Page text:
Institutional philanthropy operates in a bubble. Foundations lack feedback loops and accountability mechanisms that are built into other sectors of society. Most don't really know if they could be doing their work better or how: they don't hear constructive criticisms from their peers, their nonprofit grantees or members of the communities that benefit from philanthropic giving. Some gather data and have a strong commitment to organizational learning, but important pieces of information remain tightly guarded and unshared.
Pathways for change are determined behind closed doors, messages are formulated and spread through whisper chambers and the very voices that could make a difference by providing feedback are boxed out of the process entirely.
The culture of deference, which often masks outright fear, is not healthy for the sector. The cumulative effect of each individual foundation operating this way is that philanthropy as a sector is not as impactful as it could be. Foundations have the opportunity to leverage their limited assets to tackle serious challenges facing our society, such as income inequality, education disparities and the effects of climate change. We cannot afford to let them operate at anything less than their maximum potential. There is too much at stake.
Key thought leaders in philanthropy agree on this important point, including Paul Brest, Michael Edwards, Emmett Carson, Phil Buchanan, Cynthia Gibson, Buzz Schmidt and many others. Over the last decade or so, some have sought to address this problem by offering tools for peer benchmarking and stakeholder input. These tools are very valuable, yet they don't break through the bubble completely.
As long as foundation leaders maintain control over the information they collect and are not accountable to anyone outside of their institutions for how they use that information, there is no way for the public to respond to the findings of these self-assessments. Consequently, there is no meaningful incentive to change other than the disciplined passion of the people involved in the philanthropy.
That's why we need a comprehensive, nuanced examination of foundation goals, strategies and practices to understand how a foundation can best achieve its own goals. maximize impact and benefit society. We need to fully liberate the collective wisdom stakeholders have about these institutions, wisdom often shared in whispered conversations. We need to invite robust dialogue and debate about what foundations are doing well and what they are doing that is ineffective or even harmful to the very communities they seek to help.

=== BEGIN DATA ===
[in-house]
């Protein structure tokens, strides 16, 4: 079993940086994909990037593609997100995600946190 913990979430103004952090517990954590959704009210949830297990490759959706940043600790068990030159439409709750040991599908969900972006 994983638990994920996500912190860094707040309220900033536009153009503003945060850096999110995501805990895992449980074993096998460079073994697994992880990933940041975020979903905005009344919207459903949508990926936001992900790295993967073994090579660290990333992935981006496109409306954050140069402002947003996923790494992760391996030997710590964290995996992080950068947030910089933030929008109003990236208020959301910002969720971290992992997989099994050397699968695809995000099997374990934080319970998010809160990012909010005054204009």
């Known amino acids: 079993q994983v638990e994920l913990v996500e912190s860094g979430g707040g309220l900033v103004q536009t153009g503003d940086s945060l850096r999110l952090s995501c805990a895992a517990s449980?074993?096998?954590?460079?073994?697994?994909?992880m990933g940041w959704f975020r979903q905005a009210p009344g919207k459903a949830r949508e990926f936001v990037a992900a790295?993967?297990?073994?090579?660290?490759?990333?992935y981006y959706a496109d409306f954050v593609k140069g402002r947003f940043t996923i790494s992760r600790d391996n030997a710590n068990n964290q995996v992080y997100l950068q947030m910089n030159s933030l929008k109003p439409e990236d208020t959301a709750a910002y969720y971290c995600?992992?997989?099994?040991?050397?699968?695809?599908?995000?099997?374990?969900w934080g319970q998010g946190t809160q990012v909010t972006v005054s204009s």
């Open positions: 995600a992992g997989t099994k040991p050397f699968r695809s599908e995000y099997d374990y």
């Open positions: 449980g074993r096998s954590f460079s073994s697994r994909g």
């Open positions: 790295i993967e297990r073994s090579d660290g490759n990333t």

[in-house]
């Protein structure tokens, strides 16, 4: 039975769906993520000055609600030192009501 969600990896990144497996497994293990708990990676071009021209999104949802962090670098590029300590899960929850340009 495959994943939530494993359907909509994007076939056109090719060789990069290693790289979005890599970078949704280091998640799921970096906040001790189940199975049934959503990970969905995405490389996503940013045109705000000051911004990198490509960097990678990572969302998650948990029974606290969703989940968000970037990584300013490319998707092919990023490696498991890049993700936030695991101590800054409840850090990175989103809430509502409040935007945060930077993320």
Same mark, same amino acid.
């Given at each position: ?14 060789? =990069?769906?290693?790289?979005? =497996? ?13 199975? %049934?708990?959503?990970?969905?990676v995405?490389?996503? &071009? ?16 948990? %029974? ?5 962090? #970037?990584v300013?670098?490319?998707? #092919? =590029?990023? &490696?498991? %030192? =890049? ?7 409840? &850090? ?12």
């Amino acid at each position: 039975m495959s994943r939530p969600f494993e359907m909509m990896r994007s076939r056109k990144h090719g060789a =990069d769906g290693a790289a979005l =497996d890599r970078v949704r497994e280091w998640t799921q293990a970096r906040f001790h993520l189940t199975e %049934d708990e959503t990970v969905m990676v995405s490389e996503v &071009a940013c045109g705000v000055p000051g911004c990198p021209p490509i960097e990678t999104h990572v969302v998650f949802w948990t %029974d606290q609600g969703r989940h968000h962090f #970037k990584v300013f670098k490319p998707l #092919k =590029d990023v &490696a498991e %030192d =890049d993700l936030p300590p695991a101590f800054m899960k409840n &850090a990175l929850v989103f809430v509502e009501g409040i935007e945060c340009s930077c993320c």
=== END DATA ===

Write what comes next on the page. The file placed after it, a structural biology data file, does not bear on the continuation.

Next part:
In other sectors, assessment tools have proliferated to help entities self regulate and improve accountability and performance. For example, One World Trust assesses the largest international intergovernmental, non-governmental and corporate organizations, focusing on transparency, accountability and responsiveness to external stakeholders' needs and interests. Philanthropy needs such tools all the more, given the lack of built-in accountability systems.
Today the National Committee for Responsive Philanthropy, which I lead, released the findings of an assessment of the Winthrop Rockefeller Foundation's grantmaking. This report is significant for a number of reasons.
First, it is NCRP's initial attempt at piloting an assessment tool that aims to be a nuanced and comprehensive look at how effectively foundations balance strategy and social justice. "Real Results: Why Strategic Philanthropy is Social Justice Philanthropy" argues that to maximize impact, foundations must have clear goals, strategies and ways to measure impact. Additionally, they must also consider who benefits and how, seek input from affected communities and pursue systemic change strategies. The existing assessment tools do not address these areas directly. We believe such a tool, if well crafted and flexibly implemented, will benefit all types of foundations, not only those with an overt social justice mission.
Second, WRF's leaders agreed to publicly share the findings of our assessment up front, before they saw the results and our recommendations for improvement. Too often, foundations commission evaluations and reviews only to bury the findings when the foundation leadership doesn't like what they read. Sometimes they don't even share the results with their own staff.
Third, this assessment provided a vehicle for WRF's own stakeholders - grantees, philanthropic peers, government officials and others concerned with the foundation's mission - to provide anonymous feedback to the foundation about its goals, strategies, impacts and operations. This kind of input is difficult to attain unless the shield of anonymity is assured - such is the fear of reprisals that permeates our sector.
WRF's board and staff leadership should be commended for taking such a risk. It is a bold step at bursting the isolation bubble that has been enveloping the world of philanthropy for far too long.
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